In Pittsburgh, Ron Cook of the Post-Gazette echoes the “poor judgement” chorus. Cook goes deeper (or shallower, depending on your view) in his analysis of Roethlisberger’s situation, unintentionally calling into play socialized gender roles. Silver paints Roethlisberger as a target, one who needs constantly to be on top of his surroundings, and states, “There’s always the change of running into a guy who, bolstered by alcohol, is willing to challenge his toughness. There’s also the chance of meeting a woman who is looking to capitalize financially on his fame.” So to sum up Silver’s point: Men fight, women scheme, and therefore poor Big Ben shouldn’t mix with the plebeians. Cook continues to comment on the shame this situation has brought to the Great and Mighty Steelers, as well as on the potential career backlash Roethlisberger could face. But never, as seems to be the custom with many sportswriters, does Cook offer any empathy for the potential victim.
In USA Today, writer Mike Lopresti spends a few paragraphs encouraging readers to consider Roethlisberger’s potential innocence and then offers the following caveat: “Before anyone rushes to judgment, here are three words to remember. Duke lacrosse team.” Sure, Mike, the accuser in the Duke case proved to be a drug addict and potential arsonist. But that doesn’t change the fact that some of the accused are, in fact, hate criminals. And it doesn’t change the fact that false reports of rape occur at the same rate as false reports of any other crime. Lopresti turns Roethlisberger into Johnny Depp, going on to call Roethlisberger a “swashbuckler” and “basically a decent guy” in the same article. He finishes his love letter to Big Ben with the following bit of advice: “You’re a pretty lucky man. Try not to blow it.” I’d like to add to that: “You’re a man. Don’t be a rapist.”
Howard Kurtz, a known apologist for sexist statements, in the Washington Post comments only on Roethlisberger’s poor judgment and ponderously submits, “As a hugely successful football star, Roethlisberger must have women hanging on him all the time. Why can’t he pursue his love life without getting sacked by these accusations? Is this another Kobe situation?”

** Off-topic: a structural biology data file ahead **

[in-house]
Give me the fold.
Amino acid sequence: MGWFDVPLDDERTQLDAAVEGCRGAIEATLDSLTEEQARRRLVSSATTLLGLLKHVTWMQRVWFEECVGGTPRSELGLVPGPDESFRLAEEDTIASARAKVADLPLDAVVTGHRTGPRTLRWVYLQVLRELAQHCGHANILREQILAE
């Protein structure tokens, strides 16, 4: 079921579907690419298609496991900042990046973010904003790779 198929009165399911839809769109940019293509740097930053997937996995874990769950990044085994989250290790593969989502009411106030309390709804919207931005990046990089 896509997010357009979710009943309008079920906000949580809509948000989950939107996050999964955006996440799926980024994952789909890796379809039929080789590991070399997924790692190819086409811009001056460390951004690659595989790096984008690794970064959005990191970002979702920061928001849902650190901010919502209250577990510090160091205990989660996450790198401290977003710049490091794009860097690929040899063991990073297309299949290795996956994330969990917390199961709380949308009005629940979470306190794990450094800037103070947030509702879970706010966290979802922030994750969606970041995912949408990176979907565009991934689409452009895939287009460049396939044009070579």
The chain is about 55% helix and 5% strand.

Ah yes, Kobe Bryant. I wasn’t going to bring him up, but I’m glad you did, Howard. In 2003, Bryant was accused of raping a woman in Colorado. But the case never made it to trial, because his accuser, for her own reasons, decided she couldn’t testify. The result was that Bryant issued the following statement: “Although this year has been incredibly difficult for me personally, I can only imagine the pain she has had to endure. I also want to apologize to her parents and family members, and to my family and friends and supporters… Although I truly believe this encounter between us was consensual… I recognize now that she did not and does not view this incident the same way I did.” Among the many problems with the outcome of this case—including the fact that Bryant remains one of the most celebrated athletes in his field while his potentially violent past has been relegated to a footnote on Wikipedia—is the fact that Bryant, a possible perpetrator, was able to use his national platform to promote the fallacy that rape and miscommunication are synonymous.
To be honest, I am not a fan of professional sports. But I am a fan of accountability and a fair and free media. In researching this post, I’ve grown really disheartened by the state of sports journalism in this country. An eighth-grade vocabulary is not a very good mask for violent misogyny. The writers to whom I’ve referred and countless others I couldn’t include in this post should be ashamed for allowing their own lack of talent to be co-opted by athletes who offer little to society other than the ability to throw a ball.